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Blockchain And Real Estate

Blockchain and Real Estate

Take the Dutch tulip mania of the early 17th century, add the viral qualities of social media, pitch it with seductive terms like cryptocurrency, and you’ve got the makings of the next bubble.

I am not a Luddite. Regardless of being firmly in my middle-age, I consider myself technologically savvy. I Snapchat with my kids, I order groceries through Alexa, and I’m constantly testing new technology, both at home and at work. But I have a reliable bullsh*t detector (I’m a parent of two teenage girls), that is sounding the alarm when it comes to this latest mania.

First of all, blockchain, when you break it down, isn’t very sexy. It’s a digital and decentralized ledger that records transactions.

That’s it.

But how does blockchain affect real estate?
In a perfect world, it would ease some of the shortcomings of the traditional banking system, lower transaction fees, reduce cyber fraud, and allow transactions to process considerably faster. But right now, it’s essentially a gimmick. It may be helpful in drawing attention to a real estate listing, but there are a multitude of structural roadblocks, a few of which I’d like to share.

“Blockchains are networks, and a network of one is not very exciting.” -Bitcoin Developer Jeff Garzik
This quote relates to recording real estate documents at the county level. Property records held by government entities are a natural fit with a database structure that technologically binds each record to its prior record.

But there are over 3,100 counties in the United States. 3,100!

The political hurdle, supported by state regulations and statute, is high. Consider the fact that the first eRecording was accepted almost 20 years ago, yet the document submission industry is still converting paper-only counties to this “new” technology.

In a recent blockchain pilot in Cook County, Illinois, they succeeded in using blockchain technology to “record” a deed. However, because the existing framework is the official record, informing the world of your ownership interest or lien position, the paper deed was then recorded. The same way as every other transaction. It actually made the process more cumbersome. To quote their report, “a blockchain transfer is no different than one nailed to a bulletin board.”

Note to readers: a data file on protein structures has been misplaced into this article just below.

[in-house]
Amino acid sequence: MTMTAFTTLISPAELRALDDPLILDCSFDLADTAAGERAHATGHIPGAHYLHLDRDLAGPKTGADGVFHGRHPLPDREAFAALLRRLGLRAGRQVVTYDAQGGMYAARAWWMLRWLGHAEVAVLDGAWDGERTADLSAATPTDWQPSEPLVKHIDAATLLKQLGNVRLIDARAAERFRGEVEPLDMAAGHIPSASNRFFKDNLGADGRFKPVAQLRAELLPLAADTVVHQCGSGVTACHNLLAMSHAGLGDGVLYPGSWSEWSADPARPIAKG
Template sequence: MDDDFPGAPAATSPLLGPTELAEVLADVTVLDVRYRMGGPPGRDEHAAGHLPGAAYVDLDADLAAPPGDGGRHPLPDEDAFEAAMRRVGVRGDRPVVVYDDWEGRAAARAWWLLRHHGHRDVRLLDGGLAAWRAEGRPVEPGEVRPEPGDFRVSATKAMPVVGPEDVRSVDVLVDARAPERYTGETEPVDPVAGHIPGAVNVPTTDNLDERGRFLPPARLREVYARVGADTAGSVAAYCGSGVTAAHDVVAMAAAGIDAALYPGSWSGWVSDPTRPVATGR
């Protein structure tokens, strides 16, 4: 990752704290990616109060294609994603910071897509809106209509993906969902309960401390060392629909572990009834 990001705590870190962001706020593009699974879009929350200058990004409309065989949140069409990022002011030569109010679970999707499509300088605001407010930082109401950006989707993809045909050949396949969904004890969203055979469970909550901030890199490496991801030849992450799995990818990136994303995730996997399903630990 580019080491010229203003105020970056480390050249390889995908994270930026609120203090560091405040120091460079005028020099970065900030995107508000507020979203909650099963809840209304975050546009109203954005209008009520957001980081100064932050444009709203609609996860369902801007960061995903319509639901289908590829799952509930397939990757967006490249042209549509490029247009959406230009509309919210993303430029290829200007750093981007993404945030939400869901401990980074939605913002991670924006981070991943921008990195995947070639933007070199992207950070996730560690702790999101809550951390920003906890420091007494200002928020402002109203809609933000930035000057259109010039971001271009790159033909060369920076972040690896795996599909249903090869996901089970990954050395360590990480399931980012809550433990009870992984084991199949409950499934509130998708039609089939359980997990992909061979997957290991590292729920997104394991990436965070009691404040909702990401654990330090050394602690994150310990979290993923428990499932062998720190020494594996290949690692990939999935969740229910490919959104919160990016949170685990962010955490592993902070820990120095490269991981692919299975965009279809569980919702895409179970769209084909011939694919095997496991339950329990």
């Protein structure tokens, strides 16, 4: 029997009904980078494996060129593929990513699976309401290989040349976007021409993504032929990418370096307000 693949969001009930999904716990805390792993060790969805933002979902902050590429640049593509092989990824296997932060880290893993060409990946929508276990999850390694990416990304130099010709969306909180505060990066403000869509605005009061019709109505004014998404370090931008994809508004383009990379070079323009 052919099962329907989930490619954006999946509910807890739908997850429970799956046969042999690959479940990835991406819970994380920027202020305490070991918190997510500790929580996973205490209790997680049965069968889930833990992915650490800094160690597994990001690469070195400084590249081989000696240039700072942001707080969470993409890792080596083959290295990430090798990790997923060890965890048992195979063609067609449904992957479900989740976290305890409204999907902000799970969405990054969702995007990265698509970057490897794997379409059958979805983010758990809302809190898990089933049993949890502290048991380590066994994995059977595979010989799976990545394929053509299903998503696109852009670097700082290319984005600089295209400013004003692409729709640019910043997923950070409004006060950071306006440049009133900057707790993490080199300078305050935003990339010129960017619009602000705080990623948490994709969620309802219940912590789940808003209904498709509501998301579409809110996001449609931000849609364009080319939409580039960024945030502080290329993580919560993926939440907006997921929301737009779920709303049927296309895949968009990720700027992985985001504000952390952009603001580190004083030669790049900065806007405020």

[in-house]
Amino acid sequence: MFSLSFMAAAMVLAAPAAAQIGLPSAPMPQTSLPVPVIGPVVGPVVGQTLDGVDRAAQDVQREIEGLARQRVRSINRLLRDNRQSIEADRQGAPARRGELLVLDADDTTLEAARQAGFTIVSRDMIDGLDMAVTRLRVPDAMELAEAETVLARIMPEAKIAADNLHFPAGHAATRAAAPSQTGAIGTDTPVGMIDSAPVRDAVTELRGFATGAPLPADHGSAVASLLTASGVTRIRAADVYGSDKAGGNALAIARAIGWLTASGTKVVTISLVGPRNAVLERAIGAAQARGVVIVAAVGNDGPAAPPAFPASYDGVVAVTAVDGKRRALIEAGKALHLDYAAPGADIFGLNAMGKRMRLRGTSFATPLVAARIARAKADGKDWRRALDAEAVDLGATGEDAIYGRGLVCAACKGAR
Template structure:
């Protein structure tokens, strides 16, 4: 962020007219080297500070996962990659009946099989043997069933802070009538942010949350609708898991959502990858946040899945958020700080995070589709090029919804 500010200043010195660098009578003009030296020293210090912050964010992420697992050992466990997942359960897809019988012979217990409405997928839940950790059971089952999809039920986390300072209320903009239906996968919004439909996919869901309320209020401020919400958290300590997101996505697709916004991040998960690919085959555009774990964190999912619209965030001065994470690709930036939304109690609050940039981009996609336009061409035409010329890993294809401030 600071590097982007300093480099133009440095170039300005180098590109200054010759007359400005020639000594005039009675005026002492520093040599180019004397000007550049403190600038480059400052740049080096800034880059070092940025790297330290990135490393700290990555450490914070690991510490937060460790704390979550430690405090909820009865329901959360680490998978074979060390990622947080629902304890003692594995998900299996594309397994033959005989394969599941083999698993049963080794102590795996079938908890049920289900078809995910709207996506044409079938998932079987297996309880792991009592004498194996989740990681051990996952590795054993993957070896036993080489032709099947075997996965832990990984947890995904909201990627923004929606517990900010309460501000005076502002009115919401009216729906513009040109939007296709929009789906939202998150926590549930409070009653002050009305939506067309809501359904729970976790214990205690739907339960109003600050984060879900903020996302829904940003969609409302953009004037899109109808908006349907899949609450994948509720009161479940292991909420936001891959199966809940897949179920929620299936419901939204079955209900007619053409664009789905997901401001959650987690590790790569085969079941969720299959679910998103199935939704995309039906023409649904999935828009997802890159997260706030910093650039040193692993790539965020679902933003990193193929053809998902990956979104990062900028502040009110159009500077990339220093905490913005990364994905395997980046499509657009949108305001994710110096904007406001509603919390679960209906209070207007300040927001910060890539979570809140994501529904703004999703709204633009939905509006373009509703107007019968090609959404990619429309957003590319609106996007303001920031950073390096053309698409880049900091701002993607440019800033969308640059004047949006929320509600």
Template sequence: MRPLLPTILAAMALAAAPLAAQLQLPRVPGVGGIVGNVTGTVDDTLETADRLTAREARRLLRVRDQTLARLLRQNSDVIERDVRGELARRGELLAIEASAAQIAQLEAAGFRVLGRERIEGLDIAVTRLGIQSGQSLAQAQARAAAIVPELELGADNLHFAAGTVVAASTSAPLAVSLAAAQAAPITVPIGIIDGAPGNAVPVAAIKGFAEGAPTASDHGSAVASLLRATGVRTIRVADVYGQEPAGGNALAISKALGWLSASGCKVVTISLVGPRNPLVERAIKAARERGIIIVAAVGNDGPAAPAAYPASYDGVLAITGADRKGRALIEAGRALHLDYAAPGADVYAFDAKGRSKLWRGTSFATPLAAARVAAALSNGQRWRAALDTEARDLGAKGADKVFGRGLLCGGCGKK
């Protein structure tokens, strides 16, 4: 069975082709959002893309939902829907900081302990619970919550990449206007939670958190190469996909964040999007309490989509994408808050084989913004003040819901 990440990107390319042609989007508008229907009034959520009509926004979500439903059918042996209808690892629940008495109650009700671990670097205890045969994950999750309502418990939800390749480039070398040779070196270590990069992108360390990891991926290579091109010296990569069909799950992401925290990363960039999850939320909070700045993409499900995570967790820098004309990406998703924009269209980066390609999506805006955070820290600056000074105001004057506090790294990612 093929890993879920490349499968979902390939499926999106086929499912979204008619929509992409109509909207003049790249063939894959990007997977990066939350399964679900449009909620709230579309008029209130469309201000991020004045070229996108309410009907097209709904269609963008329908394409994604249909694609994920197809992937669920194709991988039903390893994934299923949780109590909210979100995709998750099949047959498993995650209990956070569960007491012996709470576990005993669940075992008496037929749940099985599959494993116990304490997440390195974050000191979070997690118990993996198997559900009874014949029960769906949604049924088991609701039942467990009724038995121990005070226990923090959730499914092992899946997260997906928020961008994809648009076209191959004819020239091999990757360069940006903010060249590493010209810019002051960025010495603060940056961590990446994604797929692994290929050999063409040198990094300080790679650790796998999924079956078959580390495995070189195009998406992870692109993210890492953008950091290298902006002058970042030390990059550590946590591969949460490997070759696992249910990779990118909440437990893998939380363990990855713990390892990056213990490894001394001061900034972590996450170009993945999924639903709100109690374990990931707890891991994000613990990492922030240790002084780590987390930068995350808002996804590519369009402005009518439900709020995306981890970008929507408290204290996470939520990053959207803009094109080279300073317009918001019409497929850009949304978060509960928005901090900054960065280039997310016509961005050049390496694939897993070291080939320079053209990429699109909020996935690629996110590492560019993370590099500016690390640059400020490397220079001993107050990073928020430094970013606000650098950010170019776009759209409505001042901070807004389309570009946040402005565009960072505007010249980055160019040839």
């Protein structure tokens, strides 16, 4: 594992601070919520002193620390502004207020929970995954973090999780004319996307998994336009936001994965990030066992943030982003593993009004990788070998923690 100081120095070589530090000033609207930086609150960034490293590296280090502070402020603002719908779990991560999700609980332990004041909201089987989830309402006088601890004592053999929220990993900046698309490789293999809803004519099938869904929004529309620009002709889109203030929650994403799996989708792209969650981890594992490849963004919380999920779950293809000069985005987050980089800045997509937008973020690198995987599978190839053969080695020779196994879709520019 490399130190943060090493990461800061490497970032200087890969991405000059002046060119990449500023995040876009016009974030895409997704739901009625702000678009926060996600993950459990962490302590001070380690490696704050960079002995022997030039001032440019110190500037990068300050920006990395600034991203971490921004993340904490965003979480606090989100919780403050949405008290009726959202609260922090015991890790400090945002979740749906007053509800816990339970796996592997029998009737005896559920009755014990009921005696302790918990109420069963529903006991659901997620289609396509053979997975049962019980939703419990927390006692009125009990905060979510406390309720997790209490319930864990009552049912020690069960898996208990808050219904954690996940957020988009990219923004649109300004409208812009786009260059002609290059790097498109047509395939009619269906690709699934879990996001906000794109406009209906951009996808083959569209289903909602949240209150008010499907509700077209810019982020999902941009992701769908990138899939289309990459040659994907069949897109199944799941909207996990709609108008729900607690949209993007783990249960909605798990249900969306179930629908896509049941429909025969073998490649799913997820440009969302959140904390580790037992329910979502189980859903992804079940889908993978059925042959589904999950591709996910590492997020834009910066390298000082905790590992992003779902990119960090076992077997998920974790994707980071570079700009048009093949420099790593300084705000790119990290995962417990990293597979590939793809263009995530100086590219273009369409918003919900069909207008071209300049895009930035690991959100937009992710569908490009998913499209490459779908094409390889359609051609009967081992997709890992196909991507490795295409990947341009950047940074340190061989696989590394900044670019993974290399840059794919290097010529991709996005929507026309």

Blockchain is affecting our environment
For those of you religiously separating your recyclables, riding your bike to work, and installing solar panels on your roof, this statistic is for you:

The number of U.S. households powered for one day by the electricity consumed for a single Bitcoin transaction – 11.5.

Or how about this one?

Bitcoin miners currently use about as much electricity as Ireland.

Crazy, huh? How is this?

The reason Bitcoin uses a lot of energy is rooted in the way the network operates. Digital currencies are controlled by a network of users who expend large amounts of computer power, and thus energy, building a so-called “blockchain” of Bitcoin payment transactions. The alarmist predication that Bitcoin will consume “all of the world’s energy by 2020″, will likely not come to pass, but naturally, this is all leading to concerns about its sustainability.

“How many Bitcoins is that house?”
It’s not an easy answer because the currency fluctuates wildly. Bitcoin was down 16.8% the day I wrote this (January 16th, 2018). Based on the average sale price, a home in Seattle that would have cost you 39 Bitcoins on Friday (January 12th, 2018), will now cost you 46. It could swing the other way tomorrow, but as a seller, I’m not accepting a “PowerBall ticket” as payment.

How is this easier than cash, unless you are a drug dealer, money launderer, or hipster anarchist? Call me old-fashioned.

How much of the pain in a real estate transaction is a result of land records, recording, or exchange of funds, anyway? Not a lot, honestly. I don’t need a bionic pinky toe. We are investing a lot of energy in solving the wrong problem.

One blockchain area that shows promise is smart contracts. A smart contract is a computer protocol intended to digitally facilitate, verify, or enforce the performance of a contract. Many kinds of clauses may be partially or fully self-executing, self-enforcing, or both. It wouldn’t eliminate the need for escrow entirely, but it would provide security that is superior to traditional contract law and reduce other transaction costs.
It will be a while before counties, title plants, and financial institutions move to blockchain-based systems.

At JetClosing, we will certainly stay at the forefront there, but these aren’t institutions we can significantly influence. Smart contracts, on the other hand, have efficiencies on a per-transaction basis that we use to deliver on our mission to reduce the time, stress, and expense involved in real estate closings.

As I said, I’m all for progress, and I see the future benefits of blockchain, but tonight I’m going to sleep better knowing cash-to-close is coming in the form of a bank wire in US dollars.

“Alexa, order a new shipment of Malbec.”

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